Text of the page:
30 March 2011
Last updated at 02:30 ET
Some 20,000 migrants have crossed the Mediterranean since the upheavals began
Italy’s prime minister is to visit the island of Lampedusa as naval ships prepare to move thousands of migrants who have recently arrived there.
Hundreds, mainly from Libya and Tunisia, have been arriving on the shores of the tiny island south of Sicily each night.
Its residents have protested, occupying the town hall and threatening to cut off supplies if ships do not arrive.
Officials say sanitary conditions on the island are now “desperate”.
About 20,000 migrants have crossed the Mediterranean since the upheavals in North Africa and the Middle East began in January.
Some 7,000 migrants – more than the total population of the island – are now living there in makeshift camps.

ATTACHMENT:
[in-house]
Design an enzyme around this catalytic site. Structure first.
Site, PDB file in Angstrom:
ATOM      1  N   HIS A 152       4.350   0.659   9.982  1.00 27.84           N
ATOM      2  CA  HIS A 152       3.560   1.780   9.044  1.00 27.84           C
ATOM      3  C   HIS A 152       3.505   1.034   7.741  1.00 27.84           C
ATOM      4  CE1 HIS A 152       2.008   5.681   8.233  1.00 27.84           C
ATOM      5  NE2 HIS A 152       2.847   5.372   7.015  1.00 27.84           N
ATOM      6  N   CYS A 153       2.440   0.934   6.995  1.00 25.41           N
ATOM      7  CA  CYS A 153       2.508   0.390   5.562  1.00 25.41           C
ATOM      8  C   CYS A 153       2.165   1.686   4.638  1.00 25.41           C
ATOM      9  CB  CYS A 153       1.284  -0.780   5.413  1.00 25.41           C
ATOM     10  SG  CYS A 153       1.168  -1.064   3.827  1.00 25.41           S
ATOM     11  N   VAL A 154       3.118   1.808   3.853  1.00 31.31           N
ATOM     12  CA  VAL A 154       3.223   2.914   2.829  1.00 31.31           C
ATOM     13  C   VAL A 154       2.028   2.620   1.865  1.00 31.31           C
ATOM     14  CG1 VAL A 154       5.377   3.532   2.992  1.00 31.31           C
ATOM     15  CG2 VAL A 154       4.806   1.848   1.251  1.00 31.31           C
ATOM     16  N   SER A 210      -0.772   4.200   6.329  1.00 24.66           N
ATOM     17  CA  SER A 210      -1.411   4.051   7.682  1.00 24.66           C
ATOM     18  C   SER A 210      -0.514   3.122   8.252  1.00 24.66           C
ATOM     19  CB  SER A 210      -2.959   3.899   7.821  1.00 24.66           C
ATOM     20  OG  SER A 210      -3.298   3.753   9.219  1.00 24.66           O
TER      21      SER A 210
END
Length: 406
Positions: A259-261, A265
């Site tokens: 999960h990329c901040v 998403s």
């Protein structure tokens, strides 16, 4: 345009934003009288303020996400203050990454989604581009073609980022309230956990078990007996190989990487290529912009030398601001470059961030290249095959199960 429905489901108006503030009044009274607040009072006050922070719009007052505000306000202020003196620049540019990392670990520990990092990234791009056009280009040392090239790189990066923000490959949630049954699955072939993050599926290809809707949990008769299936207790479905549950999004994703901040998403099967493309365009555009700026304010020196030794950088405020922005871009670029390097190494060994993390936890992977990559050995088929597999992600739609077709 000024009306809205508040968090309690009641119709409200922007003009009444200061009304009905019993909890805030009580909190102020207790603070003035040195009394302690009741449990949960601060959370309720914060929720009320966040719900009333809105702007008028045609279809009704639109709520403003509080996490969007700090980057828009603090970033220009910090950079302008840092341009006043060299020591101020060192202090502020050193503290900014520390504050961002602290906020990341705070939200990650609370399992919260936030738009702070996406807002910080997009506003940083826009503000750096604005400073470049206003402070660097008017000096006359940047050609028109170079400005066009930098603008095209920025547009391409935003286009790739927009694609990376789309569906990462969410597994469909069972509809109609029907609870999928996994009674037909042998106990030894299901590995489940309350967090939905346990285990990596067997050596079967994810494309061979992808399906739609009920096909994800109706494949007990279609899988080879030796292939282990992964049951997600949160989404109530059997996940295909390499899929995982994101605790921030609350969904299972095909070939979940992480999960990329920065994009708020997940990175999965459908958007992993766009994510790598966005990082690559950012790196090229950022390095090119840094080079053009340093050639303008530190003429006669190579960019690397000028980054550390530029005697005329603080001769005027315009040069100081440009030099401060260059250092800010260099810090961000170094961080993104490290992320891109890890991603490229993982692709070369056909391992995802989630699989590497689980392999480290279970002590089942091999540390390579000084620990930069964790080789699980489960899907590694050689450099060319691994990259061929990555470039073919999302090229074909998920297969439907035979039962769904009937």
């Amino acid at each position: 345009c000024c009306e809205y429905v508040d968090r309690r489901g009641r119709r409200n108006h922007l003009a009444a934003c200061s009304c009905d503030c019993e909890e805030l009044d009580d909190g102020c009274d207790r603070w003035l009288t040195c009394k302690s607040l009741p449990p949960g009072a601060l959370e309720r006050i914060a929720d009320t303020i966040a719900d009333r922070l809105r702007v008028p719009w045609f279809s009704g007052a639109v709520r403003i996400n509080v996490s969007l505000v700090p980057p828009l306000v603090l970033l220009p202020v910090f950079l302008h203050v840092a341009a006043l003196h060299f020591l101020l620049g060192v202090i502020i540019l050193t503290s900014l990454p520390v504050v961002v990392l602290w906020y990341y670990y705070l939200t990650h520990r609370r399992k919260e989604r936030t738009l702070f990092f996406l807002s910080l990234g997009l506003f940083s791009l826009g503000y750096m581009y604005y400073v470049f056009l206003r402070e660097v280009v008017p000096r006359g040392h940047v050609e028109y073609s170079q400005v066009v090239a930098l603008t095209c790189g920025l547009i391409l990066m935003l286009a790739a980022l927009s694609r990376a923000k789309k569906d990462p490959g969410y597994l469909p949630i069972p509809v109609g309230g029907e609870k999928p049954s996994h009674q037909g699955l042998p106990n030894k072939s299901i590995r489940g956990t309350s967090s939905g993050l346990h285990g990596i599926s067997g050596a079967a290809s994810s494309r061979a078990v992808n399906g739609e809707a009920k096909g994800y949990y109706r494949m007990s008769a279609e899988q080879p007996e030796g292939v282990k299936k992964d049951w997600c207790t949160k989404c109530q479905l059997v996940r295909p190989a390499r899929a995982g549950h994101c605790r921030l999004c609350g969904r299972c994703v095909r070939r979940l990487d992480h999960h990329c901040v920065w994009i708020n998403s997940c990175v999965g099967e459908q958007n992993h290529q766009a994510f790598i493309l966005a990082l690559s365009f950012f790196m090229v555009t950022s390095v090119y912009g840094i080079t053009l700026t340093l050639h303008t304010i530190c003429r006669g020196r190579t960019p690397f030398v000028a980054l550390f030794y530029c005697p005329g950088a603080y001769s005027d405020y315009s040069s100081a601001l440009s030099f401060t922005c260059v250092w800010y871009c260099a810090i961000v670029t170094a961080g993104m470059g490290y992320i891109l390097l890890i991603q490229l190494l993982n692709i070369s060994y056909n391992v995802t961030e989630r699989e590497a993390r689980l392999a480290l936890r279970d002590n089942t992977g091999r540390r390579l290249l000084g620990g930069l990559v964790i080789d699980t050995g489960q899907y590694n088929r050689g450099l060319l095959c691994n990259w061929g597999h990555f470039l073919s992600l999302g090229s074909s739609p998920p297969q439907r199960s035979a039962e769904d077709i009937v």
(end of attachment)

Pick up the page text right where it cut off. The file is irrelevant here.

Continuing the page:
The Italian government is sending six naval vessels to Lampedusa to take migrants to camps on the mainland.
Silvio Berlusconi has convened an emergency meeting on Thursday to address the crisis, a day after his visit.
The BBC’s Duncan Kennedy, in Rome, says that Italy, as the former colonial power in Libya, does not want to provoke the Libyan leader, Colonel Gaddafi, into sending thousands more migrants fleeing.
Early on in the crisis, Col Gaddafi threatened to do just that, if the EU backed military action.
Migrants who can prove they are refugees from a conflict are eligible for asylum in the EU under human rights conventions.
The European Commission says EU member states must address the surge in migration produced by the unrest in North Africa.